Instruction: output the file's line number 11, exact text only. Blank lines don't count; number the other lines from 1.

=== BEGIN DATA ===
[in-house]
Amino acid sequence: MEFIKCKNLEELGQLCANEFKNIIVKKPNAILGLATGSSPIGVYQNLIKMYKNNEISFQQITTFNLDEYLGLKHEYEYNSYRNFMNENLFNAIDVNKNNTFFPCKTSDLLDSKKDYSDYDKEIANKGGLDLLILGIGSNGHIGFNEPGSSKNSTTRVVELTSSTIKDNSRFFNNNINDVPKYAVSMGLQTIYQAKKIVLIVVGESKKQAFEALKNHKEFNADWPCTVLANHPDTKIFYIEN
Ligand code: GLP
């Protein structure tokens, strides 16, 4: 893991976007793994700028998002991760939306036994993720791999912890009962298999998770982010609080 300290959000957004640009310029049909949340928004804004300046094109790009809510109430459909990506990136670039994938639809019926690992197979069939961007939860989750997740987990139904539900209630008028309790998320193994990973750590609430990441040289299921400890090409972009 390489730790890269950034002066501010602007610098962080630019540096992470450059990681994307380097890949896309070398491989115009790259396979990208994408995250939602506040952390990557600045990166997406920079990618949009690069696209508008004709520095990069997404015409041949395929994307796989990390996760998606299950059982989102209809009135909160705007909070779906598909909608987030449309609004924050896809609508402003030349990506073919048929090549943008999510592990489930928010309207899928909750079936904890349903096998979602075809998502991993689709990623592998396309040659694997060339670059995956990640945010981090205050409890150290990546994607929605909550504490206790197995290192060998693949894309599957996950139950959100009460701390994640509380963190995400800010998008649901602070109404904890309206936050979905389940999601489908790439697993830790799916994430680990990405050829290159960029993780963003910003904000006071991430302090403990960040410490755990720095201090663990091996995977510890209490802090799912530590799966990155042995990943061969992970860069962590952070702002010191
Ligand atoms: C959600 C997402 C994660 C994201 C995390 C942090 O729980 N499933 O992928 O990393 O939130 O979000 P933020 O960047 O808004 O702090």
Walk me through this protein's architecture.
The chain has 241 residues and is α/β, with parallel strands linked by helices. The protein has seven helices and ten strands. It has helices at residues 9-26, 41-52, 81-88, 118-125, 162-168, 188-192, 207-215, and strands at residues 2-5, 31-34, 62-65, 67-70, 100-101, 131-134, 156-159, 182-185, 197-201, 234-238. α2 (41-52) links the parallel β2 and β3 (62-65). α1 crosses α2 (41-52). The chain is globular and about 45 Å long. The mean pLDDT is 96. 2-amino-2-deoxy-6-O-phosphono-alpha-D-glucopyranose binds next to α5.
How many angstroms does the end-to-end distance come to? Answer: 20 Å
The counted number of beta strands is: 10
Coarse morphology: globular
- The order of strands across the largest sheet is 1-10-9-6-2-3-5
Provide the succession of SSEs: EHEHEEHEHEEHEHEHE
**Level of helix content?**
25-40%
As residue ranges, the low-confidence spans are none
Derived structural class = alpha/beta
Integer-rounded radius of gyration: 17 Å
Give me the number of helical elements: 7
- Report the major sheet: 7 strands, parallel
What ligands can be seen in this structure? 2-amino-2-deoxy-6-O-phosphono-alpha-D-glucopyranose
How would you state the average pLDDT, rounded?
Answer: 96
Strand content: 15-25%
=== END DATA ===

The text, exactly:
- The order of strands across the largest sheet is 1-10-9-6-2-3-5